8. Anybody who remember's the 80's and 90's recessions knows that the unemployment that results lasts a good five years after the recession has technically ended. Remember the recession is over when growth returns, but it is growth as measured from a lower base, following the loss of capacity. The effects of the recession also fall disproportionately on the under 25's and over 55's, as the former are easier to get rid of, having just started their 'careers' and the over 55's are seen as deadwood, regardless of whether they are or not. In time the over 55's become pensioners and disappear from the stats, and the economy develops excess capacity so that the youger age groups find employment again, hey ho - unemployment falls. Still it's a grim period for those left mouldering, the recession will apparently be over, but not for them for a long time. (I'm from the North West and was born in 1973, I remember the whole of the 1980's as being one long recession and I'm still in that mind-set now. When I was growing up during the Thatcher era/error unemployment was running at about 25% in my area. The current recession seems mild in comparison.)
  9. Has commercial property hit the bottom? LONDON (Reuters) - Real estate company Land Securities is preparing for a homecoming to the battered commercial property investment market, fuelling hopes a two-year correction in prices is now in its twilight. After months in the investment wilderness, the country's largest real estate investment trust, said on Wednesday it was preparing to join a growing legion of opportunistic buyers keen to exploit a sharp 45 percent fall in values since June 2007. "With a strengthened balance sheet we are now assessing opportunities for new investment," Chief Executive Francis Salway said. "We maintain our view that patience is a virtue and that opportunities will arise over years not just months, particularly in terms of disposals by banks," he said. By 10:57 a.m. British time, Land Securities' shares were trading 3.3 percent up at 454.75 pence, ahead of a 2.1 percent rise in the FTSE 350 Real Estate Index. KBC Peel Hunt upgraded the shares to a Buy rating with a 490 pence target price.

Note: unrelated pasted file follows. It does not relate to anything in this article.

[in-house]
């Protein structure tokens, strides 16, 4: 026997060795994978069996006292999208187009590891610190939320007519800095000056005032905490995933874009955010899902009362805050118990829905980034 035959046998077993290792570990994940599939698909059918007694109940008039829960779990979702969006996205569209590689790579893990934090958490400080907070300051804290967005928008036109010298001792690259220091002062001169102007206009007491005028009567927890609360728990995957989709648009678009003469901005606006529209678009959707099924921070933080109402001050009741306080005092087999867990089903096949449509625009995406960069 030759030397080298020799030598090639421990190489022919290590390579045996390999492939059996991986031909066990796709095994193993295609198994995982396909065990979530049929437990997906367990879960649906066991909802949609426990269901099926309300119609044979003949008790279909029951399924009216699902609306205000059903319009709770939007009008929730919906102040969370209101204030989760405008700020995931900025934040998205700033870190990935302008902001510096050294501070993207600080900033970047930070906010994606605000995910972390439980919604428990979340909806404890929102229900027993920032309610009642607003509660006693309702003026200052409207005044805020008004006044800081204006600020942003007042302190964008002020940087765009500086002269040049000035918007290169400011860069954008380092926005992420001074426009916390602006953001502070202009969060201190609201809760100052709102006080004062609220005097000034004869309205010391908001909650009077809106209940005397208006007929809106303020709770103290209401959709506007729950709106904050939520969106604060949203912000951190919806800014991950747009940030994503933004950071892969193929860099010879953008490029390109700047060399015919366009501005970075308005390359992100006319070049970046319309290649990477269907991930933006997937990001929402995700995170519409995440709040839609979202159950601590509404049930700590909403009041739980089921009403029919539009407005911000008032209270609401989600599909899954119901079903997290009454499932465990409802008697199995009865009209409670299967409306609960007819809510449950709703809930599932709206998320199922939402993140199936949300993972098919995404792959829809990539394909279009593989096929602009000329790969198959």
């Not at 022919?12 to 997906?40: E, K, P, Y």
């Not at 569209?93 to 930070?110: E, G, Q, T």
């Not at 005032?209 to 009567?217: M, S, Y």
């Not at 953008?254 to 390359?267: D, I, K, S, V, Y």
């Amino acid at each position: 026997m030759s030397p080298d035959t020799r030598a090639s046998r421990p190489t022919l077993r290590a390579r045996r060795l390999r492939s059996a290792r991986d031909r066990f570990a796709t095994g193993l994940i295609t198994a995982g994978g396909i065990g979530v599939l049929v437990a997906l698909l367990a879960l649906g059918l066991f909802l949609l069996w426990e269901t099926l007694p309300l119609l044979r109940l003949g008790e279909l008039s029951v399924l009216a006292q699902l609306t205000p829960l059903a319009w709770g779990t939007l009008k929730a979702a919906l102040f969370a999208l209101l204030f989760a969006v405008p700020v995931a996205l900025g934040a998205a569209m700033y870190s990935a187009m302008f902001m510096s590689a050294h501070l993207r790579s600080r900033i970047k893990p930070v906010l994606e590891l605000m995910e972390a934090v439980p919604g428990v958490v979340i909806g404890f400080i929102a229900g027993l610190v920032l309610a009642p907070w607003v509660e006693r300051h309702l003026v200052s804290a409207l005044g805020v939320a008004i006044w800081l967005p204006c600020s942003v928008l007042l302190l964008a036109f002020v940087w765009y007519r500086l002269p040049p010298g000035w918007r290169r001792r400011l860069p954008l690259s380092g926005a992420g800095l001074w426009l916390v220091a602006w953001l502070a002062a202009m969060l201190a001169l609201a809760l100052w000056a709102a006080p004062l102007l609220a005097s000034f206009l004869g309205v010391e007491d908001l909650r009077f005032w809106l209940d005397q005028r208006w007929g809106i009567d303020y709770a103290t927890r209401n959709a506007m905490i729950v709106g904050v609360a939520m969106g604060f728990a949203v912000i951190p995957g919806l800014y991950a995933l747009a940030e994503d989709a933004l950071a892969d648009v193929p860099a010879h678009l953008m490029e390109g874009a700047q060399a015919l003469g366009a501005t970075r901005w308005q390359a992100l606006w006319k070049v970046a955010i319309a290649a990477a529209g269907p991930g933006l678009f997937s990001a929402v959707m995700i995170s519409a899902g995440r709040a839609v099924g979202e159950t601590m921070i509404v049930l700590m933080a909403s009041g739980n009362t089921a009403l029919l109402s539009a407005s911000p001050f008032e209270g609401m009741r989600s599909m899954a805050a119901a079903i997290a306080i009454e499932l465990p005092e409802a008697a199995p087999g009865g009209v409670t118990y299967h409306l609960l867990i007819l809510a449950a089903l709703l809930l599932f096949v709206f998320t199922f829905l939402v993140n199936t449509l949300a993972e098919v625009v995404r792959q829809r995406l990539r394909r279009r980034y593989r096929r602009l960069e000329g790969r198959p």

10. This thread just won't die, I think it just goes to show how tricky these concepts are. I saw that the issue of desert came up a few pages ago and it's worth remembering that not all our values can be reconciled with each other. 'Universal' values such as equality, justice/desert, and liberty are often in direct contradiction to each other. Ultimately, it seems you have to settle for boring pragmatism, which is the British way after all. Life is messy and we all have to tolerate each others differences, negotiating common settlements which allow us all to live together, otherwise, none of us live at all. Oh, I almost forgot, for those of you who didn't study PPE, try and watch Adam Curtis' documentary, The Trap. It's polemical but reasonable and good fodder for argument. (edited to add The Trap)
  11. Reminds me of the 'impossible is nothing' guy on Youtube. Do people really pay him money for platitudes?
  12. I don't think the positive conception of liberty necessarily entails the slavery of others to fulfil the potentiality of man, it does, however, rely on a omniscient active authority, which cannot exist, and can be used to justify subjugation of the subject by the authority in the subject's own best interest. The classical liberal position on liberty is the only conception of liberty which can be meaningfully applied without the use of explicit coercion, although it may result in implicit coercion, through necessity, of others in the exercise of one's liberty.
  13. As well as being complex due to the huge numbers of people acting in the world, there is the problem that economics is not really a science, there are as many models of how the economy behaves as there are economists.